Reasons to Give Up Driving in the Senior Years

It is so difficult to make the decision to stop driving. It can become a big struggle between family members and aging seniors, because no one wants to give up independence. The safety of our aging loved ones, and also of others on the road, must take priority over hurt feelings and hurt pride. The following article addresses very well the risks that senior drivers can pose, and some startling statistics.

Reasons to Give Up Driving in the Senior Years

(jimdodsonlaw.com) As a combination of aging baby boomers and medical advances that make living longer a reality for many, there will come a time when those who live long lives will have to make some tough decisions about driving—or rather, not driving. Signs that it is time to hang up the keys may include frequent close calls or collisions, increased number of traffic violations, increasing difficulty in observing pedestrians or other vehicles, decline in physical abilities including vision and hearing, or becoming quickly tired while driving. Medications can also contribute to driving problems by causing drowsiness or reducing the ability to remain focused.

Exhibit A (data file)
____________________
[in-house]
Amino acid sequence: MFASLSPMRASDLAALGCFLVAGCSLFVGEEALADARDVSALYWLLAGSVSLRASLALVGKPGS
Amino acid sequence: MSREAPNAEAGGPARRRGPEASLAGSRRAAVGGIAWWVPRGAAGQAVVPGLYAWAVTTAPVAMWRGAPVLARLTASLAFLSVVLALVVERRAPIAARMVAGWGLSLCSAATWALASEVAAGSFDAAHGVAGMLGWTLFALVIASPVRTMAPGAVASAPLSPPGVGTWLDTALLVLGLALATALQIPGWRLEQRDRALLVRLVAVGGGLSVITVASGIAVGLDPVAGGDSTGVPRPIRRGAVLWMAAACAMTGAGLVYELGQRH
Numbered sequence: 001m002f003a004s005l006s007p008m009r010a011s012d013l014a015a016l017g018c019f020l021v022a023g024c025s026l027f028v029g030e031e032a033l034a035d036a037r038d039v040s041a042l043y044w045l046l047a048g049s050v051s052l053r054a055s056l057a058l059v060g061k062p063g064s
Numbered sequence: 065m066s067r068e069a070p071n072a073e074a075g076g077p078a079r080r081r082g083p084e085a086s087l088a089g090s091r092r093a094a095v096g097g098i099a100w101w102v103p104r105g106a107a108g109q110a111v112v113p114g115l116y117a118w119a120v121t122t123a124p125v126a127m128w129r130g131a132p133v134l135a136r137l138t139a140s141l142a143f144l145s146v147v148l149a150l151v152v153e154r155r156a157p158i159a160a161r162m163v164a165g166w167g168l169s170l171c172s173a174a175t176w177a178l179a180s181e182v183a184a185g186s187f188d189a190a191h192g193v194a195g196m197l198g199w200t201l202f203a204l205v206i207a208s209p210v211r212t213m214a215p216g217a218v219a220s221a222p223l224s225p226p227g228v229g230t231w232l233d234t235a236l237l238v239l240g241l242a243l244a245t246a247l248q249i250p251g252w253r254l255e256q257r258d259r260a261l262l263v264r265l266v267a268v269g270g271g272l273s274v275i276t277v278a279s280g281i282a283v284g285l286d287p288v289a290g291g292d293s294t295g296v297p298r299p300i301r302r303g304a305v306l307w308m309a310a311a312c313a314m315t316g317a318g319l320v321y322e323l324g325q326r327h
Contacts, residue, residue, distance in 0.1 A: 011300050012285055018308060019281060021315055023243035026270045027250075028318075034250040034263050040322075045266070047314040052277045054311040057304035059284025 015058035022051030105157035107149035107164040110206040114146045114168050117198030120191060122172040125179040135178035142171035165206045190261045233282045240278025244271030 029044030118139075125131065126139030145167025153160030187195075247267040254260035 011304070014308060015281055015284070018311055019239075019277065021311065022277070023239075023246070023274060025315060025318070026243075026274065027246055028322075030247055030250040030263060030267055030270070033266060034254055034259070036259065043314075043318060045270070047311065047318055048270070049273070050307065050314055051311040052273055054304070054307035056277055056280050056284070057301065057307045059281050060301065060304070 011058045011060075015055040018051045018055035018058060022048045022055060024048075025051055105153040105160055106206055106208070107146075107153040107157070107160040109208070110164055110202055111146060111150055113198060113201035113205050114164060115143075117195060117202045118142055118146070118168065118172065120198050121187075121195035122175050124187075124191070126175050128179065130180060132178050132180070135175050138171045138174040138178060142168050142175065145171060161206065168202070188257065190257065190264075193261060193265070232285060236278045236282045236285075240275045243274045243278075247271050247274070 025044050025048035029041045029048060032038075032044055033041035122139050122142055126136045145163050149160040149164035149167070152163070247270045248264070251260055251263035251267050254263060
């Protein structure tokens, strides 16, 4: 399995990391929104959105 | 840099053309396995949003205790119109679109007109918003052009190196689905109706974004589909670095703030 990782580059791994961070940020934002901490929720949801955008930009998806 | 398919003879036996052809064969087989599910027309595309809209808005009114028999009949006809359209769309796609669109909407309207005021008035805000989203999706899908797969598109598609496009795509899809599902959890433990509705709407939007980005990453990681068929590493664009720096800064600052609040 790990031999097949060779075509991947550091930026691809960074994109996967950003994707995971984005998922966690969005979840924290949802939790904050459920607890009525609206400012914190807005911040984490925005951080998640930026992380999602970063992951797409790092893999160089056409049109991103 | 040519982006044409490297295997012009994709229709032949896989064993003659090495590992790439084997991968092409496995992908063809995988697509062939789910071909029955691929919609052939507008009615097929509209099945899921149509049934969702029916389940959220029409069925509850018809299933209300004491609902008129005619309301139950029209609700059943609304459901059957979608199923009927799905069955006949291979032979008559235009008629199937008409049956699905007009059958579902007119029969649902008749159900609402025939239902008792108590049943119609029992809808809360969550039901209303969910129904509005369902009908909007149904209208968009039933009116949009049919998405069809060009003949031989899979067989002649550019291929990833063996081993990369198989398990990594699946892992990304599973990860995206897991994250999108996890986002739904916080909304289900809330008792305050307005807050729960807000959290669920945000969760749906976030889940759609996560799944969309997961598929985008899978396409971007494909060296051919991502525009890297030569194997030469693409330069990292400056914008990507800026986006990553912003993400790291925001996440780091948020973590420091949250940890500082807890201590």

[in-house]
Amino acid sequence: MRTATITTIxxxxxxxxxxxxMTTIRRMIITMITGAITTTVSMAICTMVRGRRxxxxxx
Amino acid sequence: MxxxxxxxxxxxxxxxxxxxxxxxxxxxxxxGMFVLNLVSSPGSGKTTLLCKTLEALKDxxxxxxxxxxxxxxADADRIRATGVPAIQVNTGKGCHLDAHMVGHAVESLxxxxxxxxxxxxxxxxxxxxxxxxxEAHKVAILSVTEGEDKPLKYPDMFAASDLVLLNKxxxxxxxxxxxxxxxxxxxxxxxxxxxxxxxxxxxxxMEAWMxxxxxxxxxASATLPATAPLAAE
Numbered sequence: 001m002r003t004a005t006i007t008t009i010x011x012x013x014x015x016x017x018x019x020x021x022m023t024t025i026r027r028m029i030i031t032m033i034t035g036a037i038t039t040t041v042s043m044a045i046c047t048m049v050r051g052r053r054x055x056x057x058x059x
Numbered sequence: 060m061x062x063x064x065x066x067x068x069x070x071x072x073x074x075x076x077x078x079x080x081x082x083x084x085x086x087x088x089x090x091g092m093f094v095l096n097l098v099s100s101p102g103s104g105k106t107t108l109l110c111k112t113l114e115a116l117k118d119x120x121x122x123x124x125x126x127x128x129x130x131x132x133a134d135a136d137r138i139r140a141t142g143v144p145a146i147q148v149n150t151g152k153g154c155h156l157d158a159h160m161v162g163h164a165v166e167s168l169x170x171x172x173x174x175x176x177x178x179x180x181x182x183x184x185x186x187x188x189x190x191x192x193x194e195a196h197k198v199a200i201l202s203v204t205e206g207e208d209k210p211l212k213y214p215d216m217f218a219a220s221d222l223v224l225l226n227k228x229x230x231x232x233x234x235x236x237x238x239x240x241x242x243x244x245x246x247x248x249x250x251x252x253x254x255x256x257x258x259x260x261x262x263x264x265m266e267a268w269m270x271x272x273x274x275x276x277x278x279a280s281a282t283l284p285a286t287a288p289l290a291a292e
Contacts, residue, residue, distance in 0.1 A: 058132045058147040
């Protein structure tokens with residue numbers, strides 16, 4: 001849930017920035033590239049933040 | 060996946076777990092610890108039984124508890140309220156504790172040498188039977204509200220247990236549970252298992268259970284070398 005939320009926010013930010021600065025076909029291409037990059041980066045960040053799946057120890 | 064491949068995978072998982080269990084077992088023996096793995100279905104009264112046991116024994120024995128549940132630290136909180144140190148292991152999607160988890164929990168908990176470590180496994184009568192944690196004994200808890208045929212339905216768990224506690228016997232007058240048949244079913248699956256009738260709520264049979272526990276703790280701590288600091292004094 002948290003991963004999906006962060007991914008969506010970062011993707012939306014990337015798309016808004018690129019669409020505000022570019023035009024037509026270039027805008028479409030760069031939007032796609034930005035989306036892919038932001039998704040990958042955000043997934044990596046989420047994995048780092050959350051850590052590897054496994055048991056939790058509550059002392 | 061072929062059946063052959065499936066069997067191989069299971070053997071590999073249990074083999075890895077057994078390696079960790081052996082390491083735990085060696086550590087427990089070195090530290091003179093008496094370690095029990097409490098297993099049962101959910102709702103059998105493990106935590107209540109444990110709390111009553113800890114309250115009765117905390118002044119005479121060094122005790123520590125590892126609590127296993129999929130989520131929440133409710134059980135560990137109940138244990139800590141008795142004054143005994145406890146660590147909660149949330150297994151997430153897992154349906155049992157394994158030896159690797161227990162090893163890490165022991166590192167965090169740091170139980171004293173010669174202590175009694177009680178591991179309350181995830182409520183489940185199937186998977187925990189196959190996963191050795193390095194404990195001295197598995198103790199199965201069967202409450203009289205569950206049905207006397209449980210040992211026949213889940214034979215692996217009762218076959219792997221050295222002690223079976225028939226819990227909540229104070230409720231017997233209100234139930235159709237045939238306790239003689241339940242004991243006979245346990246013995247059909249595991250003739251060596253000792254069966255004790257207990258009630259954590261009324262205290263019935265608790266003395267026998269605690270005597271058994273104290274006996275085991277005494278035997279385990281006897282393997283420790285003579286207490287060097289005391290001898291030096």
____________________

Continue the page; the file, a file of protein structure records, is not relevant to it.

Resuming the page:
What Are the Risks? Senior Driving Facts and Statistics

  • Research shows that at around age 65, drivers face an increased risk of being involved in vehicle accidents, especially at intersections.
  • The crash rate per mile driven rises steadily for drivers 65 and older, and those drivers are involved in more crashes per mile driven than any other age group except teenagers.
  • After the age of 75, the risk of a driver dying in a car crash increases, because older people are more vulnerable to the kinds of injuries that typically result from these accidents.
  • 90 % of people over the age of 65 use one medication regularly; 40% use five or more medications. A person who causes injury or death to another person while driving under the influence of a prescription medication is usually subject to the same legal penalties as one driving under the influence of alcohol. Florida DUI penalties for a first offense: Jail time up to 6 months, fine between $500-$1000 and/or mandatory one year probation ranging from 50 hours community service and substance abuse counseling to DUI school, etc.
  • Other drivers and pedestrians are put at risk from elderly drivers on the road. But overall, elderly drivers are more a danger to themselves and their passengers. In 2009, 74 percent of people killed in crashes involving a driver 70 or older were either the older driver themselves (61 percent), or their older passengers (13 percent).
  • A study of older drivers in Hawaii found that the fatality rate for drivers 85 and over is nine times as high as the rate for drivers 25 through 69 years old.
  • A 1997 NHTSA study, older people made up 9 percent of the population but accounted for 14 percent of all traffic fatalities and 17 percent of all pedestrian fatalities.
  • Federal crash statistics show that drivers over 85 are involved in three fatal accidents a day.

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